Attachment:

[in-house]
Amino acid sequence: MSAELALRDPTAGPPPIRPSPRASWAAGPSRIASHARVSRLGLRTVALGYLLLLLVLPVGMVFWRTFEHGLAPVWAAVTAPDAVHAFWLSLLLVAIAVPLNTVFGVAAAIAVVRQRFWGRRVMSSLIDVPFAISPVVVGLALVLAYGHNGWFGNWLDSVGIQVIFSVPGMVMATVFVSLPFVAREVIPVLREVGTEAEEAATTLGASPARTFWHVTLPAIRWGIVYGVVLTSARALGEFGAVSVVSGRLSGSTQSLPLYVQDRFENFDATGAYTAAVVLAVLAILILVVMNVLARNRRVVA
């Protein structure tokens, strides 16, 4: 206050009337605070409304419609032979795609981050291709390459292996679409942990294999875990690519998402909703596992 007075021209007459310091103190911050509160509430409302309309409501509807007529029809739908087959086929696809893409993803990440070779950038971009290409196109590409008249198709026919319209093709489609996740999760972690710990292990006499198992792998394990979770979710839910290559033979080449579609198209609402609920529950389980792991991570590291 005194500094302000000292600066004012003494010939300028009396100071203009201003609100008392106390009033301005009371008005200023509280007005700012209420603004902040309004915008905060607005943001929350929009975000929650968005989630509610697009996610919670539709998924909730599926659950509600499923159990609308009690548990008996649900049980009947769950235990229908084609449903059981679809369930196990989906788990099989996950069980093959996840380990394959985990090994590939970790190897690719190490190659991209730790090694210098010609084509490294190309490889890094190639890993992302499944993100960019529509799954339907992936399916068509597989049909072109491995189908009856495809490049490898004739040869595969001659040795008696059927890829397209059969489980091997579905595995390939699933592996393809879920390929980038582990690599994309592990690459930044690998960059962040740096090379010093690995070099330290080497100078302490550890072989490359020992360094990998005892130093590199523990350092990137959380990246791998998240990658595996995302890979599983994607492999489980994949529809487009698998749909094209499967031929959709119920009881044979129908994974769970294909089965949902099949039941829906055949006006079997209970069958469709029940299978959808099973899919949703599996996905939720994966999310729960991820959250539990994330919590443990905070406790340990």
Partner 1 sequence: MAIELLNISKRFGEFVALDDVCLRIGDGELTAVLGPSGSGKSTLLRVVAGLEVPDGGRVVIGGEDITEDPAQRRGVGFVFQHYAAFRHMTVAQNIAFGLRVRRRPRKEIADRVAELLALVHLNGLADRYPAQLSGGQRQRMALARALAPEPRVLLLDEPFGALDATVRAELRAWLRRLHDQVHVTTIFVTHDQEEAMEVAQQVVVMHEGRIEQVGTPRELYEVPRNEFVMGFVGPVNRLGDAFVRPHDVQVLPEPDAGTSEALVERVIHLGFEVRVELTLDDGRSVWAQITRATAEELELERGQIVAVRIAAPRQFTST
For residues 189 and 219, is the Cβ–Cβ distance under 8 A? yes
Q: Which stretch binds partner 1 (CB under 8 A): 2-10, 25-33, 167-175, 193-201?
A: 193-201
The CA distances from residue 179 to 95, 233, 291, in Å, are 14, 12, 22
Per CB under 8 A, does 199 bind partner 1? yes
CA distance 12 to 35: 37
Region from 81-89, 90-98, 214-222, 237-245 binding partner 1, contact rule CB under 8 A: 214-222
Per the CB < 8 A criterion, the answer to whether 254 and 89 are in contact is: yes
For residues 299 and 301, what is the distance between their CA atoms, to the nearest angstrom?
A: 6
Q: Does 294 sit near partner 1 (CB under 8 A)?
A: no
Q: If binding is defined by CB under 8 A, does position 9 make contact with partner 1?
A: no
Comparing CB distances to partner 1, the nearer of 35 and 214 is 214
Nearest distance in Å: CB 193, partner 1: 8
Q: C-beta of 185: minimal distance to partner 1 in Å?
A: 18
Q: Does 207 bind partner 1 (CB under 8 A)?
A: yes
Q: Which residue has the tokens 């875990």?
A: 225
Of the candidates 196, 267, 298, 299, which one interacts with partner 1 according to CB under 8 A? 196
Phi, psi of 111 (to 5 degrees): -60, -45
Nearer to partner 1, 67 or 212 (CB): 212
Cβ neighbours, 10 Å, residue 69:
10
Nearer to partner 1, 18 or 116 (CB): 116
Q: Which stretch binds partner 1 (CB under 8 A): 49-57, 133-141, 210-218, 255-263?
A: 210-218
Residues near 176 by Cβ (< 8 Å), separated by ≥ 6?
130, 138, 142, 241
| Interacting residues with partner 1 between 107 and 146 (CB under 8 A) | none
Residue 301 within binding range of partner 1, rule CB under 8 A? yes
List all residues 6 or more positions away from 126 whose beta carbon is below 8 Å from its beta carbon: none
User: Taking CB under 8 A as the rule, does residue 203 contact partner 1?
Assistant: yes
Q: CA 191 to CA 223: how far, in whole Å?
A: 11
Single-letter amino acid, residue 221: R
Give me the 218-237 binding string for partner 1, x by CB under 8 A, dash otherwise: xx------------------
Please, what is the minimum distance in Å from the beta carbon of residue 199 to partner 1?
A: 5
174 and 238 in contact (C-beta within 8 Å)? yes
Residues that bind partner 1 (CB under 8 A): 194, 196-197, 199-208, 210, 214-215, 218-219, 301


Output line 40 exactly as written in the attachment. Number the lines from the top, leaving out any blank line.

User: Taking CB under 8 A as the rule, does residue 203 contact partner 1?